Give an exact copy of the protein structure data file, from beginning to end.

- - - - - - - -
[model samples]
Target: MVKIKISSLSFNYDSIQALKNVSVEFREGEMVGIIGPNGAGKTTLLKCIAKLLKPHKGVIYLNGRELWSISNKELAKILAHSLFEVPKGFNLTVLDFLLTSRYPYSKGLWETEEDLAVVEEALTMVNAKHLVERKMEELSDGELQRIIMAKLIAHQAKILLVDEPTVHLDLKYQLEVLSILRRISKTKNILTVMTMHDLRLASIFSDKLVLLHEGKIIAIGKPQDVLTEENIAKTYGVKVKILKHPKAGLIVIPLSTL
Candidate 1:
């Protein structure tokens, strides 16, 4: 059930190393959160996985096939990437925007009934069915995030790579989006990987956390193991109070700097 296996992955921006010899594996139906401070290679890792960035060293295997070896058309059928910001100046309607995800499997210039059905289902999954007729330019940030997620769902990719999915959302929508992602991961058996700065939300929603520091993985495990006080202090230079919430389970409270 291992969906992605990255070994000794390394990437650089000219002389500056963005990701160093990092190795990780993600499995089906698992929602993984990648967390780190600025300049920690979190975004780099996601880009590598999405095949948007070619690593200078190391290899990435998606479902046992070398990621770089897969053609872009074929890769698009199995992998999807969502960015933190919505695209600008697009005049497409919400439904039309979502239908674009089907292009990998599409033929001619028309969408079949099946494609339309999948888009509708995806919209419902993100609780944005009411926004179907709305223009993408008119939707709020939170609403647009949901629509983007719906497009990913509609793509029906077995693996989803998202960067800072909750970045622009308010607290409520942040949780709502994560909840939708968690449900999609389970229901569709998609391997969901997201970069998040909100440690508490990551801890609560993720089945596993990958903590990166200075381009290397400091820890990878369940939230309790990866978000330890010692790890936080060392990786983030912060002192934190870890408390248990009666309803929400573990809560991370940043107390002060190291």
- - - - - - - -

[model samples]
Target: MVKIKISSLSFNYDSIQALKNVSVEFREGEMVGIIGPNGAGKTTLLKCIAKLLKPHKGVIYLNGRELWSISNKELAKILAHSLFEVPKGFNLTVLDFLLTSRYPYSKGLWETEEDLAVVEEALTMVNAKHLVERKMEELSDGELQRIIMAKLIAHQAKILLVDEPTVHLDLKYQLEVLSILRRISKTKNILTVMTMHDLRLASIFSDKLVLLHEGKIIAIGKPQDVLTEENIAKTYGVKVKILKHPKAGLIVIPLSTL
Candidate 1:
């Protein structure tokens, strides 16, 4: 059930190393959160996985096939990437925007009934069915995030790579989006990987956390193991109070700097 296996992955921006010899594996139906401070290679890792960035060293295997070896058309059928910001100046309607995800499997210039059905289902999954007729330019940030997620769902990719999915959302929508992602991961058996700065939300929603520091993985495990006080202090230079919430389970409270 291992969906992605990255070994000794390394990437650089000219002389500056963005990701160093990092190795990780993600499995089906698992929602993984990648967390780190600025300049920690979190975004780099996601880009590598999405095949948007070619690593200078190391290899990435998606479902046992070398990621770089897969053609872009074929890769698009199995992998999807969502960015933190919505695209600008697009005049497409919400439904039309979502239908674009089907292009990998599409033929001619028309969408079949099946494609339309999948888009509708995806919209419902993100609780944005009411926004179907709305223009993408008119939707709020939170609403647009949901629509983007719906497009990913509609793509029906077995693996989803998202960067800072909750970045622009308010607290409520942040949780709502994560909840939708968690449900999609389970229901569709998609391997969901997201970069998040909100440690508490990551801890609560993720089945596993990958903590990166200075381009290397400091820890990878369940939230309790990866978000330890010692790890936080060392990786983030912060002192934190870890408390248990009666309803929400573990809560991370940043107390002060190291």